Speech impediment source of strength for Cadet


U.S. Army photo by Heather Cortright.

A key part of good leadership is good communication. As future commissioned Army officers, Reserve Officers’ Training Corps Cadets have to communicate to individuals and to large groups. Cadet Ty Smith, Alpha Co., 10th Regiment, doesn’t let the awkwardness of meeting new people or the anxieties of public speaking stop him. Not even his speech impediment stands in his way.

Ty has had a stutter since he was young and he spent several years learning to adapt to it. His mother, a speech therapist, used prevailing therapy methods of the time, such as breathing and speaking exercises, to help her son’s speech. It wasn’t until middle school that Ty’s confidence began to falter.

“I thought, ‘Why me? Why can’t someone cure me?’” said the Auburn University psychology student from Hinckley, Ohio. “I didn’t want to be that guy that stutters. I wanted to be Ty Smith. I wanted [the stutter] to be a part of me, but I didn’t want it to define me.”

Ty’s mother encouraged him to embrace his stutter, also called “disfluency,” the opposite of normal speech, or “fluency.” As Ty got older, a popular speech therapy method was for him to inform others of his disfluency so he felt comfortable speaking around people who were already aware of his speech impediment.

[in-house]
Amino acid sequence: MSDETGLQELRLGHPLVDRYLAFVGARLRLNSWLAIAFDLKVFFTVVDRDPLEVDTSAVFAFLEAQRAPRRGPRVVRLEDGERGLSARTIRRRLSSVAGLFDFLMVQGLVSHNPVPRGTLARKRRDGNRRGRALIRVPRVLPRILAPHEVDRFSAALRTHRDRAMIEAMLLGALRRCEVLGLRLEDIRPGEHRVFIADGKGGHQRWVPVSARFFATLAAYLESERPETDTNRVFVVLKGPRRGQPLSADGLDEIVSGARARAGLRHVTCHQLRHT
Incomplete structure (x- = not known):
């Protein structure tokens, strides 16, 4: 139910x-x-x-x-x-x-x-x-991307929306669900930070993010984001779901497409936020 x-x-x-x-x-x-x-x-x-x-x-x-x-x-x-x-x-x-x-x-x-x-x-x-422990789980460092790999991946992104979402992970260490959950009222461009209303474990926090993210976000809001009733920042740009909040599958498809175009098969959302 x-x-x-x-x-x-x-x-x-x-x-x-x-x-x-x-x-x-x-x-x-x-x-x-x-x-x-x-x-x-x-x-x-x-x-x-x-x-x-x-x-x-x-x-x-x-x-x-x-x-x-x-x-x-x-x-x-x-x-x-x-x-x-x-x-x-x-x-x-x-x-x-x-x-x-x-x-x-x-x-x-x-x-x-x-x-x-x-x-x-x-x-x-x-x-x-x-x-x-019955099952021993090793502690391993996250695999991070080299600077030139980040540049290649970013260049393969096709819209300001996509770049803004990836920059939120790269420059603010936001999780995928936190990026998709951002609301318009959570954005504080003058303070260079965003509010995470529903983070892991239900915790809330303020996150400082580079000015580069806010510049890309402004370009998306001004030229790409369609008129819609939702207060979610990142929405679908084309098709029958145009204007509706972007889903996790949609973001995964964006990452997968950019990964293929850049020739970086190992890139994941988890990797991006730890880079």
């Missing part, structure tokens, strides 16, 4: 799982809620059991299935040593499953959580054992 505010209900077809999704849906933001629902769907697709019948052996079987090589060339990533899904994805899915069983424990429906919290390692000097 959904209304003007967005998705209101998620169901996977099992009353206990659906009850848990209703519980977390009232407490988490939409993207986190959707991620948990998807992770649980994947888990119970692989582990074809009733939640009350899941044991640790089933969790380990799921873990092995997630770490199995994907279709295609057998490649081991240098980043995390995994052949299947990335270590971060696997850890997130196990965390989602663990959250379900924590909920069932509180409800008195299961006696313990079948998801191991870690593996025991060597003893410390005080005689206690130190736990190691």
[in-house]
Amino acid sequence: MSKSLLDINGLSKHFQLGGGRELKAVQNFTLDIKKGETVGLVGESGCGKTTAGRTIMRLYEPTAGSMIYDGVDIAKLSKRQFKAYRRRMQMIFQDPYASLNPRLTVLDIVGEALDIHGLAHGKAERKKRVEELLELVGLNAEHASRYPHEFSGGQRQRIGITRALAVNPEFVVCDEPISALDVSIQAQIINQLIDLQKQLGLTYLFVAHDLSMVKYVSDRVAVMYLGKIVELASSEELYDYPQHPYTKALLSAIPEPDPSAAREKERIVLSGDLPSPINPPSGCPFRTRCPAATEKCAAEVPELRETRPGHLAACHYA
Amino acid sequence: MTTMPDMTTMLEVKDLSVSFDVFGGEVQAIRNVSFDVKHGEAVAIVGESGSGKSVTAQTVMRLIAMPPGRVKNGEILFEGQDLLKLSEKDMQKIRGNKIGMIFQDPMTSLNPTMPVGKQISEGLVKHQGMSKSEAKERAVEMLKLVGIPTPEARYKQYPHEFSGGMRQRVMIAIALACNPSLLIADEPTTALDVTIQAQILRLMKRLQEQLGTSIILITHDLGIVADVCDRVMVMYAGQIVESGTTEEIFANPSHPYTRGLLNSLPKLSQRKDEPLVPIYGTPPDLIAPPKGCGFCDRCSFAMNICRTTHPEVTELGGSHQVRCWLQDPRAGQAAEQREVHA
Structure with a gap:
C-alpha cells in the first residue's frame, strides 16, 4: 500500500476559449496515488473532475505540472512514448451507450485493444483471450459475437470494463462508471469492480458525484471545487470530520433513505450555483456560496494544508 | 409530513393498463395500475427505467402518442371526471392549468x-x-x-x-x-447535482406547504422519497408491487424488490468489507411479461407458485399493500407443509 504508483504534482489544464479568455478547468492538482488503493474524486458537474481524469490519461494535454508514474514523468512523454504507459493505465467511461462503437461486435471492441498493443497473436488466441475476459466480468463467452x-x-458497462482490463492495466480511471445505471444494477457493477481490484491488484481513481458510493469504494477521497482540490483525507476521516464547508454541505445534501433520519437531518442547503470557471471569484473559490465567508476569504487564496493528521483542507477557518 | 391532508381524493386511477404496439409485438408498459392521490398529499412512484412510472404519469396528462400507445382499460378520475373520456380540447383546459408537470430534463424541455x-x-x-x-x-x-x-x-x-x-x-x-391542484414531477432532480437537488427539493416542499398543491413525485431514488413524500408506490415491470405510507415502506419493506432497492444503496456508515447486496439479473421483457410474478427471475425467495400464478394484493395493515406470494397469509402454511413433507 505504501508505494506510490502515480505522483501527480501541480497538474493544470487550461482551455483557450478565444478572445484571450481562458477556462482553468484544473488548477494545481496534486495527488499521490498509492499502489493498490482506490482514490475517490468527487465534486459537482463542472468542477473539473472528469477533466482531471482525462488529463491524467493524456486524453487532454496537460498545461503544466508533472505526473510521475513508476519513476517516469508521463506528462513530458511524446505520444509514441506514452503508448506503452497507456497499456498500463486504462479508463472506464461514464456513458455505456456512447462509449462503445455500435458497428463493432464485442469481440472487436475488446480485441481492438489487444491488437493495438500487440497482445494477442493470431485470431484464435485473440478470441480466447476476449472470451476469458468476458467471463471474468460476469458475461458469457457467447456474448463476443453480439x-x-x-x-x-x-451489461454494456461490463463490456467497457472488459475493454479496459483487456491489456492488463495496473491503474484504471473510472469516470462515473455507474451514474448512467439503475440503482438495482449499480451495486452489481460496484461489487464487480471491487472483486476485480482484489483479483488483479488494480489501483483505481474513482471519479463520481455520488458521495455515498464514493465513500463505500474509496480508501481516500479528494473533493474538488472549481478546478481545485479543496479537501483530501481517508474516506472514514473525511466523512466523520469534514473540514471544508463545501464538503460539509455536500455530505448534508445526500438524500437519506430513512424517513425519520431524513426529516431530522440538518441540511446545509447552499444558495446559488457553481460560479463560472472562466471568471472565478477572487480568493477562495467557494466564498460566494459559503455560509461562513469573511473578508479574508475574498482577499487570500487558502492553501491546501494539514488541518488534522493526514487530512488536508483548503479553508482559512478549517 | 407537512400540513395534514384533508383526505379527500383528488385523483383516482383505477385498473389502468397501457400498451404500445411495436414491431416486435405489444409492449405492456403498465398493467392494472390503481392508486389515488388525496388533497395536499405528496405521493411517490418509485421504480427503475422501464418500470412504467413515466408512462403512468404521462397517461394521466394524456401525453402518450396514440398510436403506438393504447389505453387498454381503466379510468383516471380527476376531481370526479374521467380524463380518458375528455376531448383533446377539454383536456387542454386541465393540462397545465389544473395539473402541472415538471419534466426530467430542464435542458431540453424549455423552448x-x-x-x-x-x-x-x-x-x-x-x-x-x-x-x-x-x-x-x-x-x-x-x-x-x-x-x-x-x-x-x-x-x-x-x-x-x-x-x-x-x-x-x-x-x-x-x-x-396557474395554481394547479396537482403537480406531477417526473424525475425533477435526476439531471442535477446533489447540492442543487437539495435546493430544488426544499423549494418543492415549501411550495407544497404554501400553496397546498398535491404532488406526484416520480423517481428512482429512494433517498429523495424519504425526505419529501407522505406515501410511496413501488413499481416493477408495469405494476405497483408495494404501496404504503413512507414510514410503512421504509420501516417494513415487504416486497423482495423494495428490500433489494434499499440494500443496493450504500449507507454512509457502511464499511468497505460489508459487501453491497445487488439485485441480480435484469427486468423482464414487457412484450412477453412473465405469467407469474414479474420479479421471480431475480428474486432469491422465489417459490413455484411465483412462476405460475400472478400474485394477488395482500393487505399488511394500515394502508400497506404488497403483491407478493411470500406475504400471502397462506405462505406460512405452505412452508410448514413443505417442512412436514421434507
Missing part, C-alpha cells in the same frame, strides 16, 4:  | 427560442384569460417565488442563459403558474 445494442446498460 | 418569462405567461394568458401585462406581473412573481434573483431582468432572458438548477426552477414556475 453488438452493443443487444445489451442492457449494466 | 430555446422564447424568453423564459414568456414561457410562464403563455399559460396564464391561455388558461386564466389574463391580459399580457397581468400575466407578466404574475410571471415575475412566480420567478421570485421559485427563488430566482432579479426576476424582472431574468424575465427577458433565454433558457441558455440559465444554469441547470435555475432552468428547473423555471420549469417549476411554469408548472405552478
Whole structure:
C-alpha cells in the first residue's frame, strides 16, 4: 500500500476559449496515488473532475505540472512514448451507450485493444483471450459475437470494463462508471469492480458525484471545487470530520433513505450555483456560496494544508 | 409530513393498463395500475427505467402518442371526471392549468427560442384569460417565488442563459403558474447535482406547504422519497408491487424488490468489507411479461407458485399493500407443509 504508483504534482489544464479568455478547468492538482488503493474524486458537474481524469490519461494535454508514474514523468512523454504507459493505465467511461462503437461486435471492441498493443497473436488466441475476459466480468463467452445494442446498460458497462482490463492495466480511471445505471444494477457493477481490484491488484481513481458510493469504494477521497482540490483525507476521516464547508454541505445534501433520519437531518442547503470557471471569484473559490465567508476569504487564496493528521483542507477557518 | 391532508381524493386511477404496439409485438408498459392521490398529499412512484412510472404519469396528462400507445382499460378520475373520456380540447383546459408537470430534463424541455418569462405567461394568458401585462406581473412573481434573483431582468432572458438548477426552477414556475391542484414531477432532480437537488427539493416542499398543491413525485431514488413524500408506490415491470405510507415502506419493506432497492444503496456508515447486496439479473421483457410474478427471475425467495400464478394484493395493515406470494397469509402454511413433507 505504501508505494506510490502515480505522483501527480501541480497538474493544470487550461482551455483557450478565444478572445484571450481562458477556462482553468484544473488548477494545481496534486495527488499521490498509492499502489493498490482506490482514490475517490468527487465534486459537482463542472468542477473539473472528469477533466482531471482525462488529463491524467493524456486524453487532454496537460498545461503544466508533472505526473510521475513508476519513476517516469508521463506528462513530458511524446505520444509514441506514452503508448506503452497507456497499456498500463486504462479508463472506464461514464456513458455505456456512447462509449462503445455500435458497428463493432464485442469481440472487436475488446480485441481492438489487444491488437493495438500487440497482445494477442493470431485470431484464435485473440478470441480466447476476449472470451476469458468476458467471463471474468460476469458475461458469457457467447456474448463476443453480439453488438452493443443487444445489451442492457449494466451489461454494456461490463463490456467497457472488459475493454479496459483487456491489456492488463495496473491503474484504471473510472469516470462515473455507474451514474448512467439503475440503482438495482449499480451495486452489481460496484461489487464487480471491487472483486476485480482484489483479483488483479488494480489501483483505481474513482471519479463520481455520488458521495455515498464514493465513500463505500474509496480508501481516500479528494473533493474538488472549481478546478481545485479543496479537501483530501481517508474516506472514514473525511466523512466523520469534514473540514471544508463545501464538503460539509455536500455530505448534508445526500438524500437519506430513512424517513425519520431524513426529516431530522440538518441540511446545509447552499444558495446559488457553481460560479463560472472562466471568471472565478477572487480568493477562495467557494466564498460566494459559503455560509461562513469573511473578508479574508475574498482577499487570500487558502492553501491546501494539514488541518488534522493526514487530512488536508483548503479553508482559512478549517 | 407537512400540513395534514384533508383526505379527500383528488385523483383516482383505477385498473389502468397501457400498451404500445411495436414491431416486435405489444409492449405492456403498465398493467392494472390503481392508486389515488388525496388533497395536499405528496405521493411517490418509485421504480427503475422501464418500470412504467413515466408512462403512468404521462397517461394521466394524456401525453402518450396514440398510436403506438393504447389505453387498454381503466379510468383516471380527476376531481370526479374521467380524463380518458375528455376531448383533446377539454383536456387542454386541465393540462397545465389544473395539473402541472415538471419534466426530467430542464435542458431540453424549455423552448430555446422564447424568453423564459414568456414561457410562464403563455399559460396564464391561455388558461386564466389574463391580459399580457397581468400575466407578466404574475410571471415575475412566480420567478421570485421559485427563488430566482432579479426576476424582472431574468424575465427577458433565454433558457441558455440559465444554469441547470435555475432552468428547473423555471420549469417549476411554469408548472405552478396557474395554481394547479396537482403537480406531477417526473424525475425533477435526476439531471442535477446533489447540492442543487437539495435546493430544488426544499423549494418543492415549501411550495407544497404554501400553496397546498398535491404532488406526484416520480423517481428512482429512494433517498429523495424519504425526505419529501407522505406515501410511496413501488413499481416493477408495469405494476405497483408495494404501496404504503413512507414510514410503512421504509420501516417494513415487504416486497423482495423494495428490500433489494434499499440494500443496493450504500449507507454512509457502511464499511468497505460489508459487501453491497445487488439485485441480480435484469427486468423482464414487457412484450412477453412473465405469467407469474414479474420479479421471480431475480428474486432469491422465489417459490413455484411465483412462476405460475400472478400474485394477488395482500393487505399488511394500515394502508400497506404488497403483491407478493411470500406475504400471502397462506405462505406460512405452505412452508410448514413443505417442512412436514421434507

“I feel like as long as I keep my confidence about it…other people aren’t really going to care,” said Ty.

Cadet Wesley Smith, Alpha Co., 10th Regiment, from Indianapolis and Indiana University-Purdue University Indianapolis student, said everyone knew about Ty’s disfluency but that it didn’t affect Ty’s ability to be a good leader.

“At first I thought he was good at everything,” said Smith. “As I’ve gotten to know him over the past month, I’ve noticed his hard work is why he’s good at everything.”

Gina Smith, Ty’s mother, agreed that Ty’s hard work will take him far in his career because he has had to work hard with a daily obstacle.

“He has an expectation that people will work to overcome their weaknesses,” said Gina. “As a leader, he shows that you have to work with your weaknesses, go with your strengths and lead by example.”

In preparation to be a leader in the Army, Ty said his stutter won’t stop him from being a strong figure for his Soldiers.

“If I can deal with life and a speech impediment and be in a leadership position, everything else is easy,” said Ty. “[Stuttering has] really sucked at some points, and it’s been frustrating, but I get up and carry on…I think that will trickle down to my [Soldiers] and I’ll be able to lead by example.”

Story by Monica Spees.


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